When we were wrapping up a dull evening at Purbachal, a bird began to sing from the bamboo fence of a nearby kiosk. It was a Lark – a graceful Bengal Bushlark. We stopped all our undertakings lest we should distract the bird. It carried on with its magical high notes: Zreee zeeeo zreep tzit tzee tzee tzeeneo...
For several minutes, the Lark continued singing, and we kept praying for the rummaging dogs near the kiosk not to start a fight. The dogs did not fight; the euphoric Lark continued with his repertoire of high-frequency tweeters and chirrups. With better hearing abilities at higher frequencies, the dogs perhaps were enjoying the song more than we did.
We knew that the Lark was not singing for the dogs or us. It was certainly serenading a female Bushlark. There must be a female Lark nearby to appreciate his song. We looked for her by craning our necks and looking through our binoculars. We found no females.
To sing, the intrepid male Bushlarks usually perch boldly at prominent places or hover some forty feet high up in the sky. The females attentively listen to the song while staying well-hidden on the ground nearby. Their streaky straw-brown feathers help them merge with the soil and dry grass exceedingly well.
Our quiet but determined search for the female did not end in failure. Eventually, we found a gorgeous female Bushlark sitting on the ground only a few feet from where we stood frozen. The wide-eyed bird had been watching us warily from there all the time.
To hide from us, the female Lark sat low with her belly on the ground. She merged with the dry grass so well that we could only see her big black eyes and rufous wing feathers. Her camouflage was perfect, and the clever bird knew that she was undetectable. That was why she did not bolt when we fumbled with binoculars and cameras so close to her.
When a male Lark sings, his mate usually sits courteously still and listens attentively to the song. If the listener moves away for any reason, the male stops singing immediately. Unlike humans, no respectable Lark continues to sing when the listeners are shuffling, yawning, picking their nose or checking SMS.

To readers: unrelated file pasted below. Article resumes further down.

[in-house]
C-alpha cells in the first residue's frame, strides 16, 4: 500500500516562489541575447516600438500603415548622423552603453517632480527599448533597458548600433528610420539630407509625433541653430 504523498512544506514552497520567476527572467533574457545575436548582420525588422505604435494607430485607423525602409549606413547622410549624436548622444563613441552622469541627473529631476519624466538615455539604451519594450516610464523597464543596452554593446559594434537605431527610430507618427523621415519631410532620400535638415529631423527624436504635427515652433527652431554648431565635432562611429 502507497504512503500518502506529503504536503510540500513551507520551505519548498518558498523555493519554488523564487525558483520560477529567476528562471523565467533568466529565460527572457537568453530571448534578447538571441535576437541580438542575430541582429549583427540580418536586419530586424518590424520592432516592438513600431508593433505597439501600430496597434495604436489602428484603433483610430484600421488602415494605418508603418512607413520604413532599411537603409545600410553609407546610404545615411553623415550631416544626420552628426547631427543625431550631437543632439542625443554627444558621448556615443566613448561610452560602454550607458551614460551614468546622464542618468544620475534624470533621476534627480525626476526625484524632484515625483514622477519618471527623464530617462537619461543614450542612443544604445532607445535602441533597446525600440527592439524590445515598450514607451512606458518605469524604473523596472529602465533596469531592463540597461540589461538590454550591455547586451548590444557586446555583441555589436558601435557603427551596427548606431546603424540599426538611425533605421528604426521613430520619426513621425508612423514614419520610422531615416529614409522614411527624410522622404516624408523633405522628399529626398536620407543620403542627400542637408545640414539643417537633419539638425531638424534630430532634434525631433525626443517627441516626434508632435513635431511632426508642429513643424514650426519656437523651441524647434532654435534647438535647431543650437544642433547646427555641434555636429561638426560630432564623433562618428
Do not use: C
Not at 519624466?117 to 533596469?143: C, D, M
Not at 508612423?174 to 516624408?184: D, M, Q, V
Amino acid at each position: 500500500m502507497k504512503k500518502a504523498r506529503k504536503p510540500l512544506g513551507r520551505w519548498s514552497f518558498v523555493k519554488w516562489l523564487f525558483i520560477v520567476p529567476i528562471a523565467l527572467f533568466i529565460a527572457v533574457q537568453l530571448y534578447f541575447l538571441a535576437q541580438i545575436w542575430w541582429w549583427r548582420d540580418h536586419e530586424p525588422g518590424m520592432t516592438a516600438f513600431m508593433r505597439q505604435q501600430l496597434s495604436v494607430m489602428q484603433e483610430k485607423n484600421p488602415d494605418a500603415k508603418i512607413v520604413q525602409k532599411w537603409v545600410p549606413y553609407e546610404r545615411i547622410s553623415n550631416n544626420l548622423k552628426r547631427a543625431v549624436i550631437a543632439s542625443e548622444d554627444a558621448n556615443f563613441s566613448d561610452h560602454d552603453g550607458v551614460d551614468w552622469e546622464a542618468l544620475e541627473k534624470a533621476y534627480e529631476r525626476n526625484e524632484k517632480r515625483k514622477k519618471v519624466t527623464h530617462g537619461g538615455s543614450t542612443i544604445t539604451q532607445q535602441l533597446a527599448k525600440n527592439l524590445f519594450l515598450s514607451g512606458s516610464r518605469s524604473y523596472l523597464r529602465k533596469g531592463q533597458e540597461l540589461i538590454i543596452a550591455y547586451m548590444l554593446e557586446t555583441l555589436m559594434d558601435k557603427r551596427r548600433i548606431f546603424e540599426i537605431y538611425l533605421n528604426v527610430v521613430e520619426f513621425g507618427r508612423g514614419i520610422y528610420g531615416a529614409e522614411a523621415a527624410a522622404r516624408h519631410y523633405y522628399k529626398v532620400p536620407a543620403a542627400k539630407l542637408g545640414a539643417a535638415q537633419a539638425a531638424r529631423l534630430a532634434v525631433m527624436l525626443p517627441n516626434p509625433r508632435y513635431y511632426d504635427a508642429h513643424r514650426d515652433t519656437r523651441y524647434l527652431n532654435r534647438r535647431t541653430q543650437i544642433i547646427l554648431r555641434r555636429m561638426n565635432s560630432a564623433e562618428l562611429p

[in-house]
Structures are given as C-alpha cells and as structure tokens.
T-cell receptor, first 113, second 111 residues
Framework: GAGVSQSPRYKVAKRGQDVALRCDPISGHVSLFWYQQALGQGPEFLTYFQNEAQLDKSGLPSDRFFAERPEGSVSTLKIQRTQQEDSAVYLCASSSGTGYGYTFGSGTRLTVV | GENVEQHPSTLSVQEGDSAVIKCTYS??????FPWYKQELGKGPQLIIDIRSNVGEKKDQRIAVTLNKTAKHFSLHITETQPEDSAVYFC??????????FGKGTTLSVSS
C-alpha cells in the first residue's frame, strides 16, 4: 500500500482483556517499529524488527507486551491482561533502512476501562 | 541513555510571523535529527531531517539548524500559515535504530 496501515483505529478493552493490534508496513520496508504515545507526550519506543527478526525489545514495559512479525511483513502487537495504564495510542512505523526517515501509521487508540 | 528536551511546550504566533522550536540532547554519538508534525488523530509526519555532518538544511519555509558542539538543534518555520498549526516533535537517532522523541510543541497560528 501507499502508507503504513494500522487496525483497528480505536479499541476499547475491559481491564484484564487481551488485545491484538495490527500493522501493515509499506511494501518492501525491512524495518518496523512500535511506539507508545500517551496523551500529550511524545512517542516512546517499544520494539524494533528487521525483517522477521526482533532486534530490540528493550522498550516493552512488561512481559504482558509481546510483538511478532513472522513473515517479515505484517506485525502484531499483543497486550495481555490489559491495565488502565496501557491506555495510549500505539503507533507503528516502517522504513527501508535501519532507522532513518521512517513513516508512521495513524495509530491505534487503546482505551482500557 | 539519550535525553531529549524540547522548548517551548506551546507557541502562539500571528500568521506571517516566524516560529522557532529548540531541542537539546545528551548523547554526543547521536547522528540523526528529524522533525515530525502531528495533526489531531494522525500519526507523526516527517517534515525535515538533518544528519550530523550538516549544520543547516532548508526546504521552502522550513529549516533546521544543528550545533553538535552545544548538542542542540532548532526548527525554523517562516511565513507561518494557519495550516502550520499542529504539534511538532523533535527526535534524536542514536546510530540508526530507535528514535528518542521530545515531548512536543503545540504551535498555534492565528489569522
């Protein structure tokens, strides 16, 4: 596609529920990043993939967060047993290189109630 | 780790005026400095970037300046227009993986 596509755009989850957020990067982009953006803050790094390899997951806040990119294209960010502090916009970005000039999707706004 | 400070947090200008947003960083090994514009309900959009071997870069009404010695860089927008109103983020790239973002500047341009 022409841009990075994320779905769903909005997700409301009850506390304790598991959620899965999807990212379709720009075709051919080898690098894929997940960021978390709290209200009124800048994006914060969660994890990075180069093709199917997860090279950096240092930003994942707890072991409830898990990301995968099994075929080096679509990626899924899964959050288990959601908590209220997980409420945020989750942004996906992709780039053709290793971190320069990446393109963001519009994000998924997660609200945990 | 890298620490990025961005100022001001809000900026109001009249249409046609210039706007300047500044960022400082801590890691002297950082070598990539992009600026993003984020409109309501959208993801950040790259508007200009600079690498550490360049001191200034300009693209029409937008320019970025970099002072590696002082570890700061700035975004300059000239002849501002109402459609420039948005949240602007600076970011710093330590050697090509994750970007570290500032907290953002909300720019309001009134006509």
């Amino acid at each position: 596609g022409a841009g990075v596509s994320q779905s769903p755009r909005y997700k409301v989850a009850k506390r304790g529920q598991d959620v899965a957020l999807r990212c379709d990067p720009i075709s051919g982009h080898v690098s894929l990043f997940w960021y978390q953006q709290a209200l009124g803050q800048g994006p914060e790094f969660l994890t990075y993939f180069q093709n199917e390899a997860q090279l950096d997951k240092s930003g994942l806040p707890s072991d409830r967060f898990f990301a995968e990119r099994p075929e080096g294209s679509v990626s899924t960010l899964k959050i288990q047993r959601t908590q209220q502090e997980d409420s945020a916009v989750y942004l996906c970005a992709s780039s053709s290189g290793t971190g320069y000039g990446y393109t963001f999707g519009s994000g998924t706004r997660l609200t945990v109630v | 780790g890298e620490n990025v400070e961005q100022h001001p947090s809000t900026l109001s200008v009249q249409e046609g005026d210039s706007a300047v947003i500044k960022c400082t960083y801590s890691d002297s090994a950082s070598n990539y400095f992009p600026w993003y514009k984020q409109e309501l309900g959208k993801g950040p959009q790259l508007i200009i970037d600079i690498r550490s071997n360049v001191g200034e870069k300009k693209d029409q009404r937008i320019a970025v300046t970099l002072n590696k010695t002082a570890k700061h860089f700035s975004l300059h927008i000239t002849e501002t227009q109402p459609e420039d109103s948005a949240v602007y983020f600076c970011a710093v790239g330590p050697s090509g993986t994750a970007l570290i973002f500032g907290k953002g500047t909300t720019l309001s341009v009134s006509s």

Bengal Bushlark is the most widespread of the seven larks of Bangladesh. It lives in all our farmlands, pastures, fallow lands and scrublands. Beyond Bengal and Assam, however, it is a rare bird in most places of the Indian subcontinent. Remarkably, this Lark does not exist anywhere else in the world.
Quite reasonably, the Bengal Bushlark has been named after Bengal in many languages besides English. It is named 'Aounette du Bengale' in French, 'Cotova-de-bengala' in Portuguese, and 'Bengaalse Leewerik' in Dutch. It is also called 'Bengalenlerche' in German, 'Bengallerke' in Norwegian, and 'Bengallarka' in Swedish.
Bengal Bushlark is the only bird in the world named after Bengal in so many European languages. Remarkably, the bird was named after Bengal in no Indian language. Our ancestors in the subcontinent remained quite oblivious of the fact that the Lark lived exclusively in Bengal and Assam. We have recently corrected that oversight in Bangladesh by naming it 'Bangla Jharvorot'.
The male Lark at the kiosk in Purbachal suddenly stopped singing after its long recital. But we were not done listening. We prayed for the vigorous male to do an encore. And the Lark did something more than that; he shot up into the air and started singing from the sky.
With short fluttering wing beats, the Lark was hanging in the air and pouring his heart into the misty evening sky. Its quivering rufous wings were ablaze in the dying sunlight. We had witnessed the song-flight of the Lark many times before but never had enough of the ethereal melody those airborne elves were able to deliver so sublimely.
William Wordsworth, the English romantic poet of the nineteenth century, in the following unrivalled verses, powerfully expressed what one felt while listening to a Lark singing in the air:
Up with me! up with me into the clouds!
For thy song, Lark, is strong;
Up with me, up with me into the clouds!
With clouds and sky about thee ringing,
Sadly, the song-flight of the Lark did not last long. Only after a few minutes of pure bliss, the floating music tapered off, and the Lark dropped from the sky of Purbachal very nearly like a little piece of stone. The exhausted bird became invisible as soon as it landed on the ground a little distance from the kiosk.
The female Bushlark rose from the ground, raised the tiny crest and shook her body, perhaps to shed some enchantments off. Her body would soon be ready to develop the eggs for this breeding season. Surely she needed to select a suitable spot on the ground in Purbachal to build her nest soon.
The female Lark, however, left the ground and flew to a distant grove of Jibon-Gach or Indian Charcoal Trees. Possibly she decided to put the site selection off for another day. We do not know if the male will join her in the grove soon and chat about their nest site.
Enam Ul Haque is the Chairman of WildTeam. First Published in The Business Standard.
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